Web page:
The underlying causes leading to bladder exstrophy are unknown, though researchers believe it partly occurs because of failed reinforcement of the cloacal membrane by the underlying mesoderm. Also, an amalgamation of genetic and environmental factors may play a role in the development of this disorder.

After birth when the fetus grows, a structure known as the cloaca where reproductive, urinary, and digestive openings all merges together — doesn’t grow fully in infants who develop Ectopia Vesicae. Defects in the cloaca can differ a lot based on the age of the fetus when developmental problems arise.

What are the Risk Factors of Ectopia Vesicae?

The risk factors of Ectopia Vesicae may include:

-Family history: If a baby’s elder sibling or a parent has bladder exstrophy then the baby has an increased chance of developing this condition.

-Ethnicity: Bladder exstrophy is more common in whites than in other ethnic groups.

-Sex: Male babies have more chances of being born with this disorder than female babies.

-Use of artificial reproduction technology: Children born through assisted reproductive technology, like IVF, have a higher risk of bladder exstrophy.

What are the Complications of Ectopia vesicae?

The complications of Ectopia vesicae may include:

– If no proper treatment is taken then children with bladder exstrophy will not be capable of holding urine (urinary incontinence) and when grown up they have the risk of developing sexual dysfunction and also have chances of getting bladder cancer.

– Surgery is usually done to cure this problem but it may also create complications where the children may walk with their legs turned slightly outward because of the separation of their pelvic bones.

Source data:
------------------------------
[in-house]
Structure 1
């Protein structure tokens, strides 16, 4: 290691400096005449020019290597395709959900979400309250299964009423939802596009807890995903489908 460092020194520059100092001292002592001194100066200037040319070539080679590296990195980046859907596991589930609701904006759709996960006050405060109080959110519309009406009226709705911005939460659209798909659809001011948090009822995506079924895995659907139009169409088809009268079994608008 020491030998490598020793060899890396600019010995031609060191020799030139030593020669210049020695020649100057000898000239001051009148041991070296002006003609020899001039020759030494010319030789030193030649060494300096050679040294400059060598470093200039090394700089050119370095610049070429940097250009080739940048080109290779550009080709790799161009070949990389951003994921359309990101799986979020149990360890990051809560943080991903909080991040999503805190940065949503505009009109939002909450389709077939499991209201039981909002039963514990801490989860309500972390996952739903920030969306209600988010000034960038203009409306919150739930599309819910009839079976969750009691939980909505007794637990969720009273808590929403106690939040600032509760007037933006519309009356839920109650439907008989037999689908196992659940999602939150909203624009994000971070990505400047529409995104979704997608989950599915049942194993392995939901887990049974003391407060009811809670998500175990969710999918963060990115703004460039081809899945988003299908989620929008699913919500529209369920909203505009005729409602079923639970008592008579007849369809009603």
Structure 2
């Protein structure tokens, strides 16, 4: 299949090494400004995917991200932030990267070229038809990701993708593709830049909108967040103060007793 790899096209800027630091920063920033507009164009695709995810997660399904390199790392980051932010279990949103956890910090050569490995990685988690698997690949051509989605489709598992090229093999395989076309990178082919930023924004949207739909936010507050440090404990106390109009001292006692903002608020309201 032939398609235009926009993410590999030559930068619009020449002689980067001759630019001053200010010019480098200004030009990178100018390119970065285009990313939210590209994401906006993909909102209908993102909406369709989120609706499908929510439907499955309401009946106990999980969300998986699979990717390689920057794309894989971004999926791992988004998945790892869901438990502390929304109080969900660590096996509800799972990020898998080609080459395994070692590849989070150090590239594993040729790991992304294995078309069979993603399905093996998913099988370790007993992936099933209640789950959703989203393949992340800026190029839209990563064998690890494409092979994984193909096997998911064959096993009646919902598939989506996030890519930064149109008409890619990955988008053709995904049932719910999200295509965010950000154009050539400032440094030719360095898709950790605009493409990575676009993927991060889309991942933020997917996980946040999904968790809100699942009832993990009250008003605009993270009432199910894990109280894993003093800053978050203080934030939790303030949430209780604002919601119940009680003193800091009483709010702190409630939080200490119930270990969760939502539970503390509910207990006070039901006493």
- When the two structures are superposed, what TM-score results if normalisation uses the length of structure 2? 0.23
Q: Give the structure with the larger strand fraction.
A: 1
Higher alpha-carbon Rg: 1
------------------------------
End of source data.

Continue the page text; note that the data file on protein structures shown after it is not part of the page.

– Long-term complications of this disorder include problems in pregnancy where both mother and baby are at high risk, and a planned caesarean birth may be required.

How Ectopia vesicae is Diagnosed?

Ectopia vesicae is usually detected through ultrasound or MRI during routine pregnancy tests before birth. The signs and symptoms to diagnose Ectopia vesicae during imaging tests include:

– Bladder that doesn’t pervade or empty accurately

– Umbilical cord that is located on the lower part of the abdomen

– Pubic bones part of the hipbones that form the pelvis — that is divided

– The size of genitals is smaller than normal genitals

In some cases, the condition can’t be diagnosed until after the baby is born. In such cases the doctors examine the:

– The doctor checks the size of the part of the bladder that is open and disclosed to air

– Location of the testicles

– Intestine bloating through the inguinal hernia (abdominal wall)

– Analysing of the region around the navel

– Location of opening at the end of the anus

– Size of pubic bones that are separated, and how swiftly the pelvis stirs

What are the Treatment Options Available for Ectopia vesicae?